Building Portfolio Wealth: It’s Not What You Make, It’s What You Get to Keep
I won! I won!
The psychological impact of winning and losing is dramatically different.
This little phrase, these two very short words, these four letters—they create such excitement for people. Whether you are the one saying them, or the one hearing them, in most people I won! creates a rush. An adrenaline rush.
What about I lost? What kind of reaction does saying or hearing those two words get? Not a good one. Maybe some sympathy, maybe avoidance, possibly distance and separation. How often do we hear those two words said out loud? Not very often. People don’t like to let others know they’ve lost and the reaction to those two words is often negative.
People loving talking about winning. In investing, that means talking about the stocks you have that went up a lot. Today, there is a good chance that means technology stocks; more specifically the FAANG stocks—Facebook, Amazon, Apple, Netflix and Google (Alphabet)--and their brethren. These are the darlings of today. This is nothing new, though. Throughout the last many years, going all the way back to the year 2000 and even earlier to 1900, people have loved to highlight their winners. But what about the losers? We know they are there, so what about them? Not as fun a conversation.
The investment impact of losing is dramatically different than winning
Let’s talk about the LOSERS. They are many. Many were large, and well-known. I will even go as far as to say many of them were among the largest and best known and most dominant companies and brands in their industries.
Take a look at this snapshot of companies that have filed for bankruptcy over the last few decades:
Source: UCLA LoPucki BRD, as of September 21, 2020.
This is by no means a complete list. Still, it contains almost every major airline. Several of the major automakers. Technology companies. Food makers. Energy companies. Retailers. And more.
Many if not most of these companies were in a position of dominance at their peak, and they eventually went into bankruptcy. In most cases this means the shareholders were wiped out. That is, they received nothing. I certainly don’t want my investments to go down to zero. Do you?
As you look through this list you may say, wait a minute, but this company still exists. Yes, that's true—some of these companies survived bankruptcy … but the shareholder did not. Zero is a real possibility when investing.
Breaking up is hard to do
Ah yes, what do you do and how do you do it. You need to understand there is a big difference between sunk cost and opportunity cost. Present value is different than future value.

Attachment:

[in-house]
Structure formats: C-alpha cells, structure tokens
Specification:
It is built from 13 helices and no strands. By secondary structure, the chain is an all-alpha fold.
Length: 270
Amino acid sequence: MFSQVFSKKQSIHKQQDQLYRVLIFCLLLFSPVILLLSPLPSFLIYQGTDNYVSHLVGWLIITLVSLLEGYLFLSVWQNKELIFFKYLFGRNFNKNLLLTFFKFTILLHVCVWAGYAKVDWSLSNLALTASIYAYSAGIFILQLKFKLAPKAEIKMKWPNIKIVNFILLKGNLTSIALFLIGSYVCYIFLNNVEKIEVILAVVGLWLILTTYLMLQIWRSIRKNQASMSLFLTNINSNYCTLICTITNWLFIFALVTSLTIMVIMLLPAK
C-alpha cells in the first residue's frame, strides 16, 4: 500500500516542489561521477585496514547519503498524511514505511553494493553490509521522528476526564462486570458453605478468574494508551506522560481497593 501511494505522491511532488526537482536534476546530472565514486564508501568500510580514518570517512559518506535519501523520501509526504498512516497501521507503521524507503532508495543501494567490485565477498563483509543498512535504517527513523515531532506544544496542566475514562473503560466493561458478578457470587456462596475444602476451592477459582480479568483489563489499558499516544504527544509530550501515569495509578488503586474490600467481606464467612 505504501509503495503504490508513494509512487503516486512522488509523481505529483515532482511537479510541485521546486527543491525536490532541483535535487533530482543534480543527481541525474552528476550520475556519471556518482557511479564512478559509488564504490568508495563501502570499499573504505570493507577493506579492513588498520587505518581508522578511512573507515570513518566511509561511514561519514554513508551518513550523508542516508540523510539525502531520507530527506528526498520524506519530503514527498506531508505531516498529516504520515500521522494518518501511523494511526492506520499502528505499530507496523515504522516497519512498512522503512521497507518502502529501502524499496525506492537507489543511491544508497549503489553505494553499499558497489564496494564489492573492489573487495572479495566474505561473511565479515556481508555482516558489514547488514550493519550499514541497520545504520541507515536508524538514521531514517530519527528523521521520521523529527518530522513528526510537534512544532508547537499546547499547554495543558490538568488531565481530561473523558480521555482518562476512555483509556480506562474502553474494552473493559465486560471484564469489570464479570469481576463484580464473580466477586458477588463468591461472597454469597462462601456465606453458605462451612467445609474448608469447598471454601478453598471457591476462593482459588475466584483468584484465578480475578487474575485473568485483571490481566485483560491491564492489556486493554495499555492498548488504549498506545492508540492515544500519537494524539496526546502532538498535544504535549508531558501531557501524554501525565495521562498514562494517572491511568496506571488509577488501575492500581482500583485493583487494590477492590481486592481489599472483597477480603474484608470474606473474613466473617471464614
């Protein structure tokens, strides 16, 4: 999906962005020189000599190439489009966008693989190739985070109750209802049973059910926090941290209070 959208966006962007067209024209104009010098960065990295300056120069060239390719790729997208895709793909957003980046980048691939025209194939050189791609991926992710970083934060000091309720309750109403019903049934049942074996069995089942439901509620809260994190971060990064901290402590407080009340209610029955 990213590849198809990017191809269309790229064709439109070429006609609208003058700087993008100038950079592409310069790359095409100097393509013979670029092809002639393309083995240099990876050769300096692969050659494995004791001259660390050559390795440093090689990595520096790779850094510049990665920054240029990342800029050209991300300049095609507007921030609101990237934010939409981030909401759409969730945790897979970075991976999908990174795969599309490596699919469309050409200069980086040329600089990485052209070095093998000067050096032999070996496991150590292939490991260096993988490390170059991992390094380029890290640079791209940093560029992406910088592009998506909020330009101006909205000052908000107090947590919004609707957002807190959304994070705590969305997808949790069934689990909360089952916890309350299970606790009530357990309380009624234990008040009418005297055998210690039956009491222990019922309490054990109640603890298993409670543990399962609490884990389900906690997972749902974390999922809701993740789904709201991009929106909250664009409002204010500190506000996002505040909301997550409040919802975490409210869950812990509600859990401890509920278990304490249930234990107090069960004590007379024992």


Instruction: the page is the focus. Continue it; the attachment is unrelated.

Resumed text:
With a diversified portfolio, which is what most investors should have, your risks are spread across a number of holdings. This in general will give you better balance between risk and reward.
But with a concentrated portfolio in one or just a few holdings, your risks are much higher. While the reward can be a lot higher too (winning), the risk of ending at zero is also a lot higher (losing).
Take a look at this example. Let’s call this Consumer Technology company XYZ. You start with a $100,000 initial investment in it and watch it grow at a steady pace. Now, it's worth $1 million in your portfolio. But, what do you do now? This is a question you need to ask every day when you hold individual stocks. We know what happened up until now, but we don’t know what will happen next.
You have two major choices: sell it or continue to own it. If you continue to own it and something happens, as it did to the long list of companies above (2020 is proof of the crazy things that can suddenly occur), you could watch the value of this holding drop from $1 million down to $0. Not winning.
Focus on the after-tax benefit—it’s still winning
The other option is to sell your holding XYZ. But wait, I have to pay taxes. I don’t like paying taxes.
I get it, but the alternative could be zero. Let’s walk through an example of how this might work. You start with $100,000 and now have $1 million. Your gain is $900,000. If you assume a 20% tax rate for the long-term capital gain, your tax bill comes in at $180,000. Too often this is where we stop—we get freaked out by the tax bill. Let’s finish the math.
Your investment is worth $1 million at the time of sale. You paid $180,000 in taxes, which means you have $820,000 left in your pocket. Considering your initial investment was $100,000, I would say this is a success story. You are still winning and now you dramatically lowered your concentrated single-stock risk.
Lessons learned and next steps
Now don’t stop there. This is an opportune time to think about two major lessons learned:
- Diversification is important in balancing risk and reward
- Tax management is important to minimize future tax impacts and maximize your after-tax return.
This is as good a time as any to assess where your portfolio is right now. Assess the risks you may have with concentrated stocks. Assume the future could be different than the present—and the present is different than the past. It may be time to lock in those gains, pay the one-time tax bill, and move to a more diversified and risk-balanced portfolio. Again, assuming that we are talking about taxable investment dollars here, we believe strong consideration should be given to using a tax-managed portfolio going forward.
At the end of the day, it’s not what you make—it’s what you get to keep.
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